“I’ll grab the corn and you grab the potatoes,” Poncho yelled to Julia. Julia was wearing her wedding dress, full train and veil, to save time. She wouldn’t have to change when they returned.
Their wedding was that afternoon. They just needed a few last-minute party favors and grilling supplies and they were riding around the only store in town — the big box superstore that felt like a city unto itself, a real urban wonderland, with the McDonald’s and the Starbucks and the Subway and the bank and the drug store and the clinic and the clothier and the grocer and on and on, all inside — riding around on a pair of electric scooters, not for necessity but so they wouldn’t wear themselves out before the big day, big metal baskets stretched out in front, each armed with a pair of hand-grabber reaching tools.
The store was full from the Sunday after-church crowd but they were flying, the two of them on their wedding day, perfectly in synch. Flying.
Their engagement had been the result of an ultimatum given days earlier after the romantic part of Poncho’s combination insomnia and untreated sleep apnea — the staying-up-all-night-watching-foreign-films-together part, the casual-deadpan-disposition-throughout-the-day part, the alluring I-feel-mere-inches-from-death-so-nothing-can-scare-me confidence part — had finally transitioned into what could only be called the exhilarating-terror-of-narcolepsy part, the nagging sensation Poncho felt that, at any given moment, sweet respite would come and he would wake up on the ground somewhere, lost and bleeding and calling out.
Julia had told it to him straight: She would not continue retracing his steps and searching his stomping grounds and calling the police station and the hospital and the crematorium every time he went missing, and then picking him up and driving him to the library to rent his movies; he would have to agree to finally get a smartphone so she could use the Find Me app like all her other coupled friends did. The wireless store (also inside the superstore) had spurned their once ubiquitous friends-and-family plan for the less flexible strictly-family plan, the terms and conditions of which stated they could save several dollars a month (total) on a shared mobile data plan should they be actual familial relations. The plan purchased, the engagement ensued.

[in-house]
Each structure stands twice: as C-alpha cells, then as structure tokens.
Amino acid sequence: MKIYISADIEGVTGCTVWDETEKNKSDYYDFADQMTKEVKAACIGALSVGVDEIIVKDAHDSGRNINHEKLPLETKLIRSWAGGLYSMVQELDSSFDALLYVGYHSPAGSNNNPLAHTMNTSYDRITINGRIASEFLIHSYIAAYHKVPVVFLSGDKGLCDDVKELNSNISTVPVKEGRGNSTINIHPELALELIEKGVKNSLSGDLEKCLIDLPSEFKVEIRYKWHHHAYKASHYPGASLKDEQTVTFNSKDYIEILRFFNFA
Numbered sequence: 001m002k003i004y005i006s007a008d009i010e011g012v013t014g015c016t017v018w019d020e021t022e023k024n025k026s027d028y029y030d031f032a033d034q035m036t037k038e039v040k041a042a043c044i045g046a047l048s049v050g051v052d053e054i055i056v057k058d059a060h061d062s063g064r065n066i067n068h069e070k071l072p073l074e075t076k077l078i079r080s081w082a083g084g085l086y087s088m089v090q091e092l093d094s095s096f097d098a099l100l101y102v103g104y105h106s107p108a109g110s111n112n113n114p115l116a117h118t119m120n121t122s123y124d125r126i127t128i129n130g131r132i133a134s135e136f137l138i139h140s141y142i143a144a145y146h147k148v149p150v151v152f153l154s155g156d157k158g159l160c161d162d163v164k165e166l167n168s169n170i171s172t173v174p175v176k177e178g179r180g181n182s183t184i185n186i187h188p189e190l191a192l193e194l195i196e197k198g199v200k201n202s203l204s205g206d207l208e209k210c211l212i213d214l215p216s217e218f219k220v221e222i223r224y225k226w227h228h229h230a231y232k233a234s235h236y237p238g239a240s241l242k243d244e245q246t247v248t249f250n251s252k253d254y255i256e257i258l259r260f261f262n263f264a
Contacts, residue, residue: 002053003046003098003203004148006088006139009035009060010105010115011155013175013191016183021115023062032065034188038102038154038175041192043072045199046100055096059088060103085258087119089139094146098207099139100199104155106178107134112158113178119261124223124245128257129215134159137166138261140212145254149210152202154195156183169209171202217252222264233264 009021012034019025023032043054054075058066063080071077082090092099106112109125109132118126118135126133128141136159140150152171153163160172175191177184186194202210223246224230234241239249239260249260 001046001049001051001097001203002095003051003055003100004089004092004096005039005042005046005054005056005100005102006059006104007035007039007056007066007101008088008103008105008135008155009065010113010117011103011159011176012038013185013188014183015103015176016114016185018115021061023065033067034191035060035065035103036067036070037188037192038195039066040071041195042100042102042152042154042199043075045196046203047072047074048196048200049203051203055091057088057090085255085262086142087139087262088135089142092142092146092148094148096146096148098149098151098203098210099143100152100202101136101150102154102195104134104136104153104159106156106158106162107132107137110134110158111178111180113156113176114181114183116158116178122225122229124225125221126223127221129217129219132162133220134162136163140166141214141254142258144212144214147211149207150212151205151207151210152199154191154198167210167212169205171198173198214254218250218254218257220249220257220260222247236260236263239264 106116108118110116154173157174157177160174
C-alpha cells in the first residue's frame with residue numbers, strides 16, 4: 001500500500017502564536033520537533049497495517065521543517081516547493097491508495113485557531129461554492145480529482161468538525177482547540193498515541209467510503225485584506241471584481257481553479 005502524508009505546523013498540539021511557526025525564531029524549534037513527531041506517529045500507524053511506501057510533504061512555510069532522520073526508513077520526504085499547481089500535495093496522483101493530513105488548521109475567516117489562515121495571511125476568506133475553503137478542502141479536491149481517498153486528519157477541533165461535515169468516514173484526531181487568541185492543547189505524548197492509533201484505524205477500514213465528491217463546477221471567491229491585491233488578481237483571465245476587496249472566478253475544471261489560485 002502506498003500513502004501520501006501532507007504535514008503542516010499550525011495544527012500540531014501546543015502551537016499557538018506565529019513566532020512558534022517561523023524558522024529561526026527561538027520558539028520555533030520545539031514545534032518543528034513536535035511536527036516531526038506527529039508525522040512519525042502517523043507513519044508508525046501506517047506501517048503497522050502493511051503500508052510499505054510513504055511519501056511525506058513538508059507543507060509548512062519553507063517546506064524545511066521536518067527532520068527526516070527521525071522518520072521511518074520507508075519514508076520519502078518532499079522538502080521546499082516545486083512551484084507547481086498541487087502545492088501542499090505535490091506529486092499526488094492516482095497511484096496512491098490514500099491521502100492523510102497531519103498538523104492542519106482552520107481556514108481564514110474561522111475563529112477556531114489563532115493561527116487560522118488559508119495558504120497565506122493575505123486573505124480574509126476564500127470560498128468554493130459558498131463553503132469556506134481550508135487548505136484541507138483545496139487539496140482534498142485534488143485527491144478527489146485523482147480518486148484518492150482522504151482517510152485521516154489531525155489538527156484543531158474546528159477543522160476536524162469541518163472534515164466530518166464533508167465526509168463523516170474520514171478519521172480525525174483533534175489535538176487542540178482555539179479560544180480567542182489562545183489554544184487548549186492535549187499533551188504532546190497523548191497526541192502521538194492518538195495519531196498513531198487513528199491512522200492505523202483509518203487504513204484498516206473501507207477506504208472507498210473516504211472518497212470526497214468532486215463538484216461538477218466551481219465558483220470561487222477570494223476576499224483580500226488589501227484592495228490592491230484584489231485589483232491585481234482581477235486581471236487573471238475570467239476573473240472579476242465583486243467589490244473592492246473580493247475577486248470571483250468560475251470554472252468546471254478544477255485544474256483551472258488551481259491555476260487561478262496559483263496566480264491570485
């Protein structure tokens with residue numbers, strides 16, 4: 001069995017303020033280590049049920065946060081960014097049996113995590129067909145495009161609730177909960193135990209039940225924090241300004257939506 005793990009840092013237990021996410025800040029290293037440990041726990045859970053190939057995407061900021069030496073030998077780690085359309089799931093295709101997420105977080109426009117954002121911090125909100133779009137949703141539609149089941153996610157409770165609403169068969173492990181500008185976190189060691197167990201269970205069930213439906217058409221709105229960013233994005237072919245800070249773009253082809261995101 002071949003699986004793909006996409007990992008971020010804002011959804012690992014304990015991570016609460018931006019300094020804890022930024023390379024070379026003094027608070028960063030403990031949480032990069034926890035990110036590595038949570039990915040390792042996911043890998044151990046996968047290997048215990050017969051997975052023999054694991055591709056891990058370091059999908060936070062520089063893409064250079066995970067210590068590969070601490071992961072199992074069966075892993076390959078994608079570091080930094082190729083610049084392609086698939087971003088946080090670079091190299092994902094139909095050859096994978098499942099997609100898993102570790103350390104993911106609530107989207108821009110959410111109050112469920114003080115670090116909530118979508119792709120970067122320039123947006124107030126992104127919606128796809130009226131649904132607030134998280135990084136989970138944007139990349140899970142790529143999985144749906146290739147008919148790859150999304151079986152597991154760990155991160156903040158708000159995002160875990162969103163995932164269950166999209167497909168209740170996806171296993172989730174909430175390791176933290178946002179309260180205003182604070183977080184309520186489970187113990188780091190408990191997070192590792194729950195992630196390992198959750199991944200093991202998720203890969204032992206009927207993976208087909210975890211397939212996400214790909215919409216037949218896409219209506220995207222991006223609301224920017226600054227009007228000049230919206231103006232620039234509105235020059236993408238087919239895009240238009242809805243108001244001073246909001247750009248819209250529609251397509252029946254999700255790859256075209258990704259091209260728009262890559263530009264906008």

“The potatoes are too heavy,” Julia yelled back. The hand-lever accelerator was jammed on her scooter so she had just been circling and grabbing, circling and grabbing, circling and grabbing ten-pound sacks, first with one hand grabber and then with two, knocking bags of potatoes off the stand along the way, creating obstacles for them both.
“The potatoes, Ponch! Toss me one of your hand grabbers or we’ll never get any potatoes!”
“There’s no time, Julia,” Poncho yelled back. “I managed two ears of corn and that’s plenty!”
Poncho was already riding off to visit the paper products.
“Follow me,” he shouted, Julia still circling and now trying to grab sacks of potatoes off the ground with her real-life hands, ballooning her belly out to steer.
“If we don’t get the potatoes what will be the late-night snack?” Julia called, but Poncho was long gone.
Potatoless, she pulled a hard left and sped across the walking aisle in front of the store just before the line of checkouts, searching for Poncho and dodging pedestrians. She finally saw him riding by the lube shelf, hand grabber outstretched, knocking a whole rack of lube into his basket.
“I got lube for days, baby!” he laughed, imagining the giant slip ‘n’ slide he wanted to one day build for the kids that the lube would help create that evening. Julia was accelerating quickly to catch up but spun into donuts from the spill’s goopy remainder.
“Meet me by the charcoal, Poncho!” Julia said, suffering through the whiplash. “We’ll need all four hand grabbers to grab it for sure!”
“What do we need charcoal for if we’ve already forsaken the potatoes?” Poncho yelled back. “We can pop these two ears of corn in the skillet for everybody!”
Poncho rode toward the party favor aisle with hopes of wrapping up the trip but detoured through stationery to avoid a group of indecisive teens gawping around a refrigerated soda cabinet. Julia still in pursuit, he doubled-back through cutlery in search of one his prized ears of corn he thought had dropped out of the basket during his evasive maneuvers, only to find it hiding under some of the lube bottles. It was then that his last bout of narcolepsy attacked him, crashing him into an end rack of clearance knives, hand grabbers impaling the parts of him the blades forgave.
Julia caught up just in time to be with Poncho in his final moments. “Oh, sweet, sweet Poncho,” she wailed while circling around him (unable to de-jam her cart’s accelerator), fruitlessly grasping out with her hand grabber in an attempt to hold him once more, her veil sopping up blood, tears streaming, bemoaning, “The cancellation fees on our cell phone plan will be simply astronomical.”